Lincoln Electric Case

QUESTION 1 In which countries is the economic system or the cultural values too different that the Lincoln system can never work? Before I would like to briefly tell the story, while describing the strategy pursued by Lincoln Electric, where when making its expansion encountered some problems due to cultural differences, economic, and legal to who found the time to enter those countries.

Lincoln Electric was founded by John C. Lincoln in 1985 in Cleveland (USA). Its main activity was and is to manufacture electric motors and generators for other companies. If Lincoln is to highlight the philosophy held since its inception, because the human motivation of its staff were based.

Lincoln had boundless faith in the individual, and gave an equality among all its members. They could develop their full potential through a system of incentives. This incentive system has had much impact, and in some countries has had consequences. This peculiar system of incentives, or piece work, it was the following: the worker did not have a fixed salary, and that grew on the basis of the work.

Lincoln also proposed a points system, which entailed to receive a bonus. So the combination between piecework and annual premiums identify the best employees. This philosophy had to be changed in certain countries, because it conflicted with the culture and laws of these countries. Lincoln Electric initiated an internationalization, and his philosophy had to be changed in the countries that decided to set up its infrastructure. INTERNATIONAL MANAGEMENT, CASE I: LINCOLN ELECTRIC JUAN MARTINEZ BAYO In 1925 opened its first plant in Canada, and was when he began to experience problems when implementing its work culture and Canadian laws were different from the U.S.. Canadian law was mandatory marking the enjoyment of the holiday, and some minimum guarantees to employees.

In 1938 was introduced in Australia, where there was a strong union, but workers did not participate. In addition to the above Australia met with strong tariffs. In 1955, Lincoln Electric decided to open a new infrastructure in Western Europe, and the chosen country was France. It is there that I first had to be changed the philosophy of Lincoln, varying the U.S. model (vacations, sick leave were mandated by law or industry standards).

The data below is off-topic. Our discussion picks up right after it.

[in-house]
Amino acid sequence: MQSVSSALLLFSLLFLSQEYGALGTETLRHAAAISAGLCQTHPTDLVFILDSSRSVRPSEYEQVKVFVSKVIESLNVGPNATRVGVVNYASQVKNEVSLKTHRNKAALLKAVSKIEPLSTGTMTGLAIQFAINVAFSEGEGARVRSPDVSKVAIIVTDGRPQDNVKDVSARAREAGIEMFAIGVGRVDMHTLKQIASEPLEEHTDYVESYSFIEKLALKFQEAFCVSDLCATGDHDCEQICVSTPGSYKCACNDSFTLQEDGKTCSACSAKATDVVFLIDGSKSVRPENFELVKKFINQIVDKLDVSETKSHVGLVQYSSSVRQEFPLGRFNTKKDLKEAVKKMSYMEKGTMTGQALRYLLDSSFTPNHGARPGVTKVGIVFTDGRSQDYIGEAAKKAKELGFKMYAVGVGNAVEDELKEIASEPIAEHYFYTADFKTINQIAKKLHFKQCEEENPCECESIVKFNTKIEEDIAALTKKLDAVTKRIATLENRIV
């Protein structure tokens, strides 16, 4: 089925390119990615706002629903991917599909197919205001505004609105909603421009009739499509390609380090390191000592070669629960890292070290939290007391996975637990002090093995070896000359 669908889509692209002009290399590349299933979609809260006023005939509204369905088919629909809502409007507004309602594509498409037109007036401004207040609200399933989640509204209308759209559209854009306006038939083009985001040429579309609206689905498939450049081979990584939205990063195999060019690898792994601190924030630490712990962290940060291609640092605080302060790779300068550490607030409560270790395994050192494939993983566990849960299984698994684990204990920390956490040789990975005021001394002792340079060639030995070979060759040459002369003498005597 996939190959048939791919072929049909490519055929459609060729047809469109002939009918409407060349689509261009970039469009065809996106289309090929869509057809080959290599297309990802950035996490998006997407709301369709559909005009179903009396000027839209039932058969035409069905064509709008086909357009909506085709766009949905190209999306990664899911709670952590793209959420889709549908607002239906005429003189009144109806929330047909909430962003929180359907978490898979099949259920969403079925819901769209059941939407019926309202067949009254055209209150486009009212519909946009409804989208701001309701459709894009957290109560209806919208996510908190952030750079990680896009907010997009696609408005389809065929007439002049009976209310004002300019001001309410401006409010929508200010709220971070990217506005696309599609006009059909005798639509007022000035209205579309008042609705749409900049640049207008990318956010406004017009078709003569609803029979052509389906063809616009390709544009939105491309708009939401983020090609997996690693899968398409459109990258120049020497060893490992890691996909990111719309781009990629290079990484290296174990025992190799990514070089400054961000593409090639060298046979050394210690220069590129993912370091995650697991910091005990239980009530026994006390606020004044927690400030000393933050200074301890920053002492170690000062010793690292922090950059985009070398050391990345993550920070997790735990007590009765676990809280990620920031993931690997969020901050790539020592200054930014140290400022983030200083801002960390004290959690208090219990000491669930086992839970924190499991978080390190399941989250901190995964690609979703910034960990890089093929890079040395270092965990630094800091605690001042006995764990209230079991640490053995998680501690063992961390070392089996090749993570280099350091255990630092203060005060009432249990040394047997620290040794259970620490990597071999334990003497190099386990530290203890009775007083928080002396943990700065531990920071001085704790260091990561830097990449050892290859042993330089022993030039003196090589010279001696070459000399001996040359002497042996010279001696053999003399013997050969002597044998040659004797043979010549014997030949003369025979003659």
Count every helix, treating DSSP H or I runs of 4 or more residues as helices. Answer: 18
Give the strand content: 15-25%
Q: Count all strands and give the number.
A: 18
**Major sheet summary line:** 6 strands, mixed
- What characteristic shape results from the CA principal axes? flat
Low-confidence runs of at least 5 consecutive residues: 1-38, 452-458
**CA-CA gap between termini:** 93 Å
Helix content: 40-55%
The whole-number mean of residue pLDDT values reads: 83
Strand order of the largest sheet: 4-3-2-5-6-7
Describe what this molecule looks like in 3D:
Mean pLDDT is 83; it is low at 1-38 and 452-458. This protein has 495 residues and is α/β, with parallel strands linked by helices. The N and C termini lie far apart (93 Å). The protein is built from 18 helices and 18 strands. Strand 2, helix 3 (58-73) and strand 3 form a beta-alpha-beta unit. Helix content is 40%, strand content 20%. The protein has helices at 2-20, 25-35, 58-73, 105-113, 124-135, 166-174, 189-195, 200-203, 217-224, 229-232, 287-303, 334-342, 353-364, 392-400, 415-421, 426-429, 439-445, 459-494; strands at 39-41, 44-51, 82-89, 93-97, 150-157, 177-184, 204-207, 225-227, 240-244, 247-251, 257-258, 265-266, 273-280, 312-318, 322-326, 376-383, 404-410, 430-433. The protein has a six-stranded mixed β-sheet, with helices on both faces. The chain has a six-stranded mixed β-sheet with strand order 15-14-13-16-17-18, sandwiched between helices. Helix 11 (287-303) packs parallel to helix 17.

In addition to these cases also occurred in Venezuela, Brazil, Germany, Japan, and Indonesia where in this case demanded a minimum wage. In the case of Brazil, any bonus paid for two consecutive years became a legal right in Germany was illegal piecework.

QUESTION 2 How is Massaro’s recent overseas initiative different from Lincoln’s earlier failed approach? Before develop this question, I would like meeting up sum up the situation in which the company was immediately before the entrance of Massaro in Lincoln. William died in 1986 which was followed Irrgang Wills had the opportunity to expand the business. Due to the slowdown in the U.S. market believed to find the solution in a growth abroad, and to establish new plants in various regional blocs would produce a reduction in tariffs. This led to begin a rise in long-term debt. INTERNATIONAL MANAGEMENT, CASE I: LINCOLN ELECTRIC JUAN MARTINEZ BAYO

Since the establishment of new branches, how to manage these was with managers without international experience, so that kept local specialists to use their experience in the field. To help these, Lincoln executives from U.S. command who knew the Cleveland system.

Many managers and employees in Europe are philosophically opposed to piecework. This together with the financial problems that faced, as were those that had subsidiaries in Europe and Japan in 1991. By 1992, all newly acquired plants were in the red. It was believed that the modified system of incentives would help to most foreign companies to achieve similar growth to that of Cleveland.

The status of these plants were dragged to the U.S., which led for the first time Lincoln lost money. It is at this point that Lincoln Electric began to take action. In 1992, I think the international strategic liaison team to discuss the operations abroad, which led to look for executives with international experience. In 1993 contract and Jay Elliott Tony Massaro.

This is where these two people identified errors in which Lincoln had made, such as the following: - Lincoln's philosophy was focused on the quality of manufacturing facilities and acquisition of new markets, markets with weak sales.

- It had been a fragmented production costs while maintaining high rather than concentrating the manufacture of each product in a factory to take advantage of the elimination of tariffs. INTERNATIONAL MANAGEMENT, CASE I: LINCOLN ELECTRIC JUAN MARTINEZ BAYO

- Lincoln had suffered from overcapacity and its subsidiaries compete with each other. The managers had realized that instead of increasing production (classic in Cleveland) had to reduce costs. In Venezuela and Brazil Massaro found different problems. Lincoln's culture was so focused on individualism did not help business to its subsidiaries and in this way failed or came to success. And this Massaro affirm that part of the problem was that it was to do things like Lincoln everywhere, instead of adapting to local conditions.